Robertson sights the development of the shack as a place of limbo or overlap where people can feel that they are getting closer to the (failed) pastoral utopia. Yet, if the “object of architecture is to give happiness” and architecture’s origin lies with the concept of the shack (“the shack is the natural language of architecture”), is the human construct of architecture, which is supposed to provide the possibility of happiness, then based on an unattainable utopia? Is modern happiness possible? Robertson sees us pulling out of this utopian delusion through our connection with and exploration of surface and out ability to re-think it. She sees the surface as an opening, a medium, a space that’s between the object and the beliefs we extrapolate, the politics. Robertson writes from the Office of Soft Architecture, "When we walk in the inscription-splattered street we are interested to question the relation of surface to belief. This question defines our stance as citizens. Thinking about colour we open up a space in the surface, the potent space between substance and politics. A tiny freedom drifts there and we adore it (145)." Surface becomes the place were individual minds meets the matter before we idealize it. We are in direct confrontation with the actual thing. Amongst many other goals, I see this project as a way for Robertson not only to explore the history of surface but to reconceptualize how to find and construct modern happiness, define citizenship, and develop a legitimate sense of freedom.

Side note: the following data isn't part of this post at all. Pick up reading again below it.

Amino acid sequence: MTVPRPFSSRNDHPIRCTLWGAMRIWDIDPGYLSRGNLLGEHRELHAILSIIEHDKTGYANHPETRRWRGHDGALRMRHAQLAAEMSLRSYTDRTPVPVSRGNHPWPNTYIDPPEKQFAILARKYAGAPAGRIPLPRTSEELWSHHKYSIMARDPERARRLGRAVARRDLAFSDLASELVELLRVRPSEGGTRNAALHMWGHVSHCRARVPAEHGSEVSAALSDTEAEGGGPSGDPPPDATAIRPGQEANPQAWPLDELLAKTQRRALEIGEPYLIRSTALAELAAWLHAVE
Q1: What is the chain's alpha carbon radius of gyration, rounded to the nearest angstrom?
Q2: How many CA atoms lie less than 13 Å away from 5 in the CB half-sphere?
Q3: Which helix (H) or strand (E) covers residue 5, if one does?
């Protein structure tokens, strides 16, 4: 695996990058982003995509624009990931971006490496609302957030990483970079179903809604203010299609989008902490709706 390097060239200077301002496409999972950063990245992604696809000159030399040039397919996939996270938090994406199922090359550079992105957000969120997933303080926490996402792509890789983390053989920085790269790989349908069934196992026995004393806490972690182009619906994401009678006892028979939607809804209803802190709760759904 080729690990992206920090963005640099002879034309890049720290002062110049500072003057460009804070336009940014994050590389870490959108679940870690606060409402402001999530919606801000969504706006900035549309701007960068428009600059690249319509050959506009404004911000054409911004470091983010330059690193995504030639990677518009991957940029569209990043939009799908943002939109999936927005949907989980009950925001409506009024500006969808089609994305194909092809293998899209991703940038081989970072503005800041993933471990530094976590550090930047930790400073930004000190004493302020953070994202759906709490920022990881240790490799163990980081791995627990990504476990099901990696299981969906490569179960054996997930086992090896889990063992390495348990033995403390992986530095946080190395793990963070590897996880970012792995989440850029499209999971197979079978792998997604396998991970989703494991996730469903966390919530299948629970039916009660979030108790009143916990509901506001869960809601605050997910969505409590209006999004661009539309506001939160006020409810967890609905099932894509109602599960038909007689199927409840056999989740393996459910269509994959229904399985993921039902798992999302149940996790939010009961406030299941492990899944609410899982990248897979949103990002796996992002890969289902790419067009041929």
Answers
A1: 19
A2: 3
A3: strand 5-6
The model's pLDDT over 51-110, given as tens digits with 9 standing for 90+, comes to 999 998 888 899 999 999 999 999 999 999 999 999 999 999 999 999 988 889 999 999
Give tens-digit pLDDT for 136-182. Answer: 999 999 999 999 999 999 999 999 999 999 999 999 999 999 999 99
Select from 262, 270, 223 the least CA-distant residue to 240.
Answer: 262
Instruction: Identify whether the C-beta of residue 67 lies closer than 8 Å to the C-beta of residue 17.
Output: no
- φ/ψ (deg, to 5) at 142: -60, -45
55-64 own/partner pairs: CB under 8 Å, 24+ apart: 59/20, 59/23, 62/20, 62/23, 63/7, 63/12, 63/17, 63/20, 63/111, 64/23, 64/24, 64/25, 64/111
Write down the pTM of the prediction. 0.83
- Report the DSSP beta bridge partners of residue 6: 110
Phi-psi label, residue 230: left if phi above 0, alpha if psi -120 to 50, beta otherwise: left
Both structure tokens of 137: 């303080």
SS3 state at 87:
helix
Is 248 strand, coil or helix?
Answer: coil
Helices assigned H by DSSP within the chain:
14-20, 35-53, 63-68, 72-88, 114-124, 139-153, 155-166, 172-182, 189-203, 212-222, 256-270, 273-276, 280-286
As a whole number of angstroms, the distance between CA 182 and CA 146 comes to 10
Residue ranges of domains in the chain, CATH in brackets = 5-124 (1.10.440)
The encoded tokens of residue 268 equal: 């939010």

The following quotes have been divided into six sections: Modernity, Rhetoric, Utopia, The Office of Soft Architecture, Surface, and Nostalgia. These headings are themes that flow through all of her essays. Sometimes the statements negate each other and at other moments they build upon previous ideas and interrelate, I made these groupings to help un-confuse myself as I read the essays so I thought they might interest you.